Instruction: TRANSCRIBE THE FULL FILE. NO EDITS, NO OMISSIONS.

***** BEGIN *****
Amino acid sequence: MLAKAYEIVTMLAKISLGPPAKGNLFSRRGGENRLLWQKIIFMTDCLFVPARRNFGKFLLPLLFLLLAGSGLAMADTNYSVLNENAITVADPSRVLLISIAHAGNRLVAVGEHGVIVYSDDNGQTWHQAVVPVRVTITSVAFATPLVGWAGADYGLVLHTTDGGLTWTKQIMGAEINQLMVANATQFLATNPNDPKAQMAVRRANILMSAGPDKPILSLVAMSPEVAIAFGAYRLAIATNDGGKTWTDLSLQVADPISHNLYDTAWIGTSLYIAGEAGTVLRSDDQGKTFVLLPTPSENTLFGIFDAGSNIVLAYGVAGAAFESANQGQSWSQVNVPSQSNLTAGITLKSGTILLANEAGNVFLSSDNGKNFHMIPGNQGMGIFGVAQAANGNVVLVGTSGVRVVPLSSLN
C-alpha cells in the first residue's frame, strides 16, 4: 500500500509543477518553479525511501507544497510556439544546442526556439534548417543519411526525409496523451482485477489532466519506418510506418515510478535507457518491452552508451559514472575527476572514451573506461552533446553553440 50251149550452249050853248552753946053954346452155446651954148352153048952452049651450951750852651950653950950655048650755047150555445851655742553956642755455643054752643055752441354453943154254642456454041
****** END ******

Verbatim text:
Amino acid sequence: MLAKAYEIVTMLAKISLGPPAKGNLFSRRGGENRLLWQKIIFMTDCLFVPARRNFGKFLLPLLFLLLAGSGLAMADTNYSVLNENAITVADPSRVLLISIAHAGNRLVAVGEHGVIVYSDDNGQTWHQAVVPVRVTITSVAFATPLVGWAGADYGLVLHTTDGGLTWTKQIMGAEINQLMVANATQFLATNPNDPKAQMAVRRANILMSAGPDKPILSLVAMSPEVAIAFGAYRLAIATNDGGKTWTDLSLQVADPISHNLYDTAWIGTSLYIAGEAGTVLRSDDQGKTFVLLPTPSENTLFGIFDAGSNIVLAYGVAGAAFESANQGQSWSQVNVPSQSNLTAGITLKSGTILLANEAGNVFLSSDNGKNFHMIPGNQGMGIFGVAQAANGNVVLVGTSGVRVVPLSSLN
C-alpha cells in the first residue's frame, strides 16, 4: 500500500509543477518553479525511501507544497510556439544546442526556439534548417543519411526525409496523451482485477489532466519506418510506418515510478535507457518491452552508451559514472575527476572514451573506461552533446553553440 50251149550452249050853248552753946053954346452155446651954148352153048952452049651450951750852651950653950950655048650755047150555445851655742553956642755455643054752643055752441354453943154254642456454041